Low pitch to high pitch .... why?

Discussion in 'Trumpet Discussion' started by turtlejimmy, Apr 21, 2012.

  1. JNINWI

    JNINWI Piano User

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    Whatever pitch that will keep those freakin reed players in tune…..I’M all for, there such a pain : ) 440, 441......whatever it takes !!
     
  2. tobylou8

    tobylou8 Utimate User

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    "I like dreamin', cuz dreamin' can make you playintune. I like dreamin', closing my eyes and your playings fine" ROFLROFLROFLROFL
     
  3. turtlejimmy

    turtlejimmy Utimate User

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    I, for one, am tired of 440. I'm rejecting it out of hand for the rest of the year.

    There's a new standard in town. Standard Turtle Pitch.:-)


    A=432


    I only have one small issue .... I want to put together a blues band for local gigging and they'll have to play at 432. Bass, no problem ... he'll probably like it "more lower thump" or something like that. Drums .... :dontknow: .... They do what they're told.

    Here's the issue. I wanted a harmonica player, who sings, and could be the "official" front man, to round out a 4-person band (small, so we can make some money) ..... I'll play electric guitar and sing. Great harmonica players are around this area, but who's going to have a harmonica pitched at 432? We may have to have one made or altered.

    I'll check out the community band .... but if they're aren't on STP (standard turtle pitch), they'll have to get along without me.


    Turtle
     
    Last edited: Apr 23, 2012
  4. tedh1951

    tedh1951 Utimate User

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    432 Turtle ..... living up to your name eh? 432 ..... t h a t ' s S L O W.
     
  5. turtlejimmy

    turtlejimmy Utimate User

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    Hahaha .... It's not actually slow, it's LOW. Low can seem like slow I know. :lol:


    Turtle
     
  6. tedh1951

    tedh1951 Utimate User

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    Thatsh right make fun of a blokes shpeach impediment.
     
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  7. Dale Proctor

    Dale Proctor Utimate User

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    Someone beat you to it. I sit next to a guy in one band who plays about that flat all the time...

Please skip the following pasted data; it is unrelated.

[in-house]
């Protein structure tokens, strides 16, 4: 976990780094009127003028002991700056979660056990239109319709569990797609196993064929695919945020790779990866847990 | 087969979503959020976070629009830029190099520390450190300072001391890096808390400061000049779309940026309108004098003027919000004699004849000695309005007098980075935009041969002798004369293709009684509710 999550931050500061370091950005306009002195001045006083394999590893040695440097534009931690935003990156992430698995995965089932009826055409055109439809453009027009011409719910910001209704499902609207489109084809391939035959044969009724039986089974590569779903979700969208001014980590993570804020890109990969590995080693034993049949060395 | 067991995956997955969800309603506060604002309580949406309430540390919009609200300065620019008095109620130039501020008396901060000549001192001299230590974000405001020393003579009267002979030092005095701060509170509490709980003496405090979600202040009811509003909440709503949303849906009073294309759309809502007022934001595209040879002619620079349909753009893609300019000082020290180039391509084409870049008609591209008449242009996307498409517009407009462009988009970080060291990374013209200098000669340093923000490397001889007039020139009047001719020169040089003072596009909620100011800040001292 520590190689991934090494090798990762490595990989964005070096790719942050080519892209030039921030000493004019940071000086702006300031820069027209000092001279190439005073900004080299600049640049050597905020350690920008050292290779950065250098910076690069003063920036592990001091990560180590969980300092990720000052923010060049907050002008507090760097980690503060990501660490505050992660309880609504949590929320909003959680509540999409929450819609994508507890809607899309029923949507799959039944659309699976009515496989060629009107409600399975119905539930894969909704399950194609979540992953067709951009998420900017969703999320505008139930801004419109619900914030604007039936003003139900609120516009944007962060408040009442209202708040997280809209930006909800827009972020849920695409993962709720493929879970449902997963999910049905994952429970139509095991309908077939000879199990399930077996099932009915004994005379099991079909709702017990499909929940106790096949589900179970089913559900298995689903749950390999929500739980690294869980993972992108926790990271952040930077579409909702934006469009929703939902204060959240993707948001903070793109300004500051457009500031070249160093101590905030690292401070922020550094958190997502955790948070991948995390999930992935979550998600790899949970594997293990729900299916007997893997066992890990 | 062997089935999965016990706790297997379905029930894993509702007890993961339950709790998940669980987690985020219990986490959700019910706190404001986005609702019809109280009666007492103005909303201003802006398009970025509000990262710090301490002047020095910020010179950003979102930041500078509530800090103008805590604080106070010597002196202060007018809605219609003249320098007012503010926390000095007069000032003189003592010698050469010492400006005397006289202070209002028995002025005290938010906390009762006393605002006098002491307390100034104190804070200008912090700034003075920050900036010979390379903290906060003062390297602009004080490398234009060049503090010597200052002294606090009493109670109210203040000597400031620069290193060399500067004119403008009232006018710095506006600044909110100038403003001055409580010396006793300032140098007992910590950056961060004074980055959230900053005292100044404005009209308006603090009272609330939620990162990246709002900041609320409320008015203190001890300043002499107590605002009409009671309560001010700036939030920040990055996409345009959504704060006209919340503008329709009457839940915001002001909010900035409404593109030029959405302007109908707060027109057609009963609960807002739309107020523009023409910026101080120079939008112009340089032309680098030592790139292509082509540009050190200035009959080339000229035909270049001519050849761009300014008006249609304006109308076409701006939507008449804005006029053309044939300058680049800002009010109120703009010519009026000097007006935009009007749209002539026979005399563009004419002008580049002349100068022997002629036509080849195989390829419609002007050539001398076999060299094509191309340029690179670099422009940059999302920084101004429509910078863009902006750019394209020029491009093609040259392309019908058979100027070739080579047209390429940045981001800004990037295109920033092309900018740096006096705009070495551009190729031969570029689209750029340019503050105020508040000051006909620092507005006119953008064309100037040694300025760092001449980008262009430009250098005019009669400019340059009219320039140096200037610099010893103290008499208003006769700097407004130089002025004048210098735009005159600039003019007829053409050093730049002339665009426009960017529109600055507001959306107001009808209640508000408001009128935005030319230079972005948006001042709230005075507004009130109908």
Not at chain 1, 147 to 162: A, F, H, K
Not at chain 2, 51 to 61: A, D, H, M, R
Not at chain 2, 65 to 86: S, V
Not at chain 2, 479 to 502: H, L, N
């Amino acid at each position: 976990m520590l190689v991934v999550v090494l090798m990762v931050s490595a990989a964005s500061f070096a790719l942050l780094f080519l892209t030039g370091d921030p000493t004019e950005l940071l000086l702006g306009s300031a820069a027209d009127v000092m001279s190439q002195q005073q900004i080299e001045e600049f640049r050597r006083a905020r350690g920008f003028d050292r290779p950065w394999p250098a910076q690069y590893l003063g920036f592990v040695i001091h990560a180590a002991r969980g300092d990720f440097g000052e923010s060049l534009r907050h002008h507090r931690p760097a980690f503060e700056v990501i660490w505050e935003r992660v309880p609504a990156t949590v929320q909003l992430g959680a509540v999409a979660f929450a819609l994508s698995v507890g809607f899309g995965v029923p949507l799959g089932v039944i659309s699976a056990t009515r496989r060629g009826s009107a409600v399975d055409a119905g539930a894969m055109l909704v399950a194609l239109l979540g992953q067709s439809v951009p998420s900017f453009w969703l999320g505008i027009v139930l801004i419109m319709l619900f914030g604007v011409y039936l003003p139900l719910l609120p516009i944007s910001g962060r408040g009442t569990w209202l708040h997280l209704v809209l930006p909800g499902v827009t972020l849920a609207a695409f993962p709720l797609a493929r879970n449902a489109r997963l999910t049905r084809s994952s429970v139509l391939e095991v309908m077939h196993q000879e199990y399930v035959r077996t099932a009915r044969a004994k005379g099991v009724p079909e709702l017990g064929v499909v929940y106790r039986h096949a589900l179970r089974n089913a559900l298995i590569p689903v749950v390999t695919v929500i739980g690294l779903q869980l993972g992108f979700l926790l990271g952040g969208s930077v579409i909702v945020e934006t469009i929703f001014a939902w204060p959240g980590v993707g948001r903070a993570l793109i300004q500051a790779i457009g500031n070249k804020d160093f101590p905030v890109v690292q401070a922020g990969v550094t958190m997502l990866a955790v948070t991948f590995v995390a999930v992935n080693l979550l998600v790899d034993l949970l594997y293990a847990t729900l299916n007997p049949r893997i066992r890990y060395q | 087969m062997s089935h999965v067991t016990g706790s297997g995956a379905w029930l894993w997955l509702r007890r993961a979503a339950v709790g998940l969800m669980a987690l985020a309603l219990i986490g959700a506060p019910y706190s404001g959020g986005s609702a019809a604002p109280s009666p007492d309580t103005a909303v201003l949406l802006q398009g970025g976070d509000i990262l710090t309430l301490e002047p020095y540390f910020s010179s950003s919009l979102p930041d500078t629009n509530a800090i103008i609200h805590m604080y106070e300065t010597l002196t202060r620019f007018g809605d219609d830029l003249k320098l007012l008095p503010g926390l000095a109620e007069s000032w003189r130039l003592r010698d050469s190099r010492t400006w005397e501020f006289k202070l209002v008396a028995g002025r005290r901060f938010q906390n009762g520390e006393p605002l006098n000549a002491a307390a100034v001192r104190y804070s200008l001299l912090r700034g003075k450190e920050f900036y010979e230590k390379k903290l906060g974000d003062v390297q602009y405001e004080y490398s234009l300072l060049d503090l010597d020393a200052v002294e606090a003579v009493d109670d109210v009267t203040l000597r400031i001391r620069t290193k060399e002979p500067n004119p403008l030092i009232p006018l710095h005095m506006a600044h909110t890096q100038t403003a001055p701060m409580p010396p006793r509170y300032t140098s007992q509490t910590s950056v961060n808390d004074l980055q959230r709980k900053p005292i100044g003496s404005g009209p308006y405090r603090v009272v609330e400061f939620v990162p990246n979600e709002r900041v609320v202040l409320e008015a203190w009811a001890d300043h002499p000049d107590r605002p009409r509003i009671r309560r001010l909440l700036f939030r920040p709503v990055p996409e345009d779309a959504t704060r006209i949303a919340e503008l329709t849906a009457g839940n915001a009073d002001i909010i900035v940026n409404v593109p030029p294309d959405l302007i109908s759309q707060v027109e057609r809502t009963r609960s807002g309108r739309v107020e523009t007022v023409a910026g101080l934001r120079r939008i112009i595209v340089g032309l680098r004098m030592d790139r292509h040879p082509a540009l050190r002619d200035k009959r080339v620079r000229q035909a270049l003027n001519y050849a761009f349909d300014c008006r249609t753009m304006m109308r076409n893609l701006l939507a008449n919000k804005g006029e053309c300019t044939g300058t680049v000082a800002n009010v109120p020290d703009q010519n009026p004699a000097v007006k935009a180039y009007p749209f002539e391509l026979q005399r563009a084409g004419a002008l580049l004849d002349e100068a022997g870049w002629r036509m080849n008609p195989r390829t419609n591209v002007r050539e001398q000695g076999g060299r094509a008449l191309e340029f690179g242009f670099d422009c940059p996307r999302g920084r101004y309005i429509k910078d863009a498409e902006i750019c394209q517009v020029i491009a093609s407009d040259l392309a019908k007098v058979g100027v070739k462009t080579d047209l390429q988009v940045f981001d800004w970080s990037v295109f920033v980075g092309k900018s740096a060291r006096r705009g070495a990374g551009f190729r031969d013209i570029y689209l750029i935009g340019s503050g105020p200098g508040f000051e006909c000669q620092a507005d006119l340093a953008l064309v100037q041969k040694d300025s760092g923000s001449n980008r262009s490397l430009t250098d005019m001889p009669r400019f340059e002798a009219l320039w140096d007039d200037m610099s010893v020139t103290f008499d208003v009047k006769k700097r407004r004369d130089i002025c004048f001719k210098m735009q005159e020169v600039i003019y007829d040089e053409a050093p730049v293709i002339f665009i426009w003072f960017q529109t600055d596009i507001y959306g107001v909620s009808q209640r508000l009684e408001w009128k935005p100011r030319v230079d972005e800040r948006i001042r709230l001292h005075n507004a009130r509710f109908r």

8. turtlejimmy

    turtlejimmy Utimate User

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    Not the first time ... when you're a turtle, you get used to it.

    We had a meeting at my cousin's recording studio and my niece sang a few of their original songs that might go on the album. My cousin played his Shakuhachi flute with one of the songs ..... totally in tune when she was tuned down to 432. Since I know his flutes are all tuned, one's in D, another A .... etc., and there are no intonation adjustments, these are wooden flutes. I couldn't figure out how he could make that work, so I asked him after the song.

    He said it was really easy ..... These flutes are very easy to play flat, it's getting them up to proper pitch that's so difficult. :lol:


    Turtle
     
  9. the newbie

    the newbie Pianissimo User

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    So why was it changed?
    Or was it never really set before and the beurocrats being what they are felt the need to standardise it?

    I have an old trumpet from 1931 and it always sounded out of tune, (after i realised what "in tune" should sound like) does this mean that it is tuned to 432?

    Im fascinated by this.
     
  10. nieuwguyski

    nieuwguyski Forte User

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    If your old trumpet wasn't built to A440, it was built to an even higher pitch standard -- A452. Whether A432 is an intrinsically "better" pitch standard or not, it had been long abandoned by band-instrument makers by the early 20th century. By that time instruments were either made in "low pitch" (A440), made in "high pitch" (A452), came with different sets of slides for the different pitch standards, or they had low-pitch lines scribed on the slides indicating how far out to pull the high-pitch slides to tune a brass instrument to low pitch.
     

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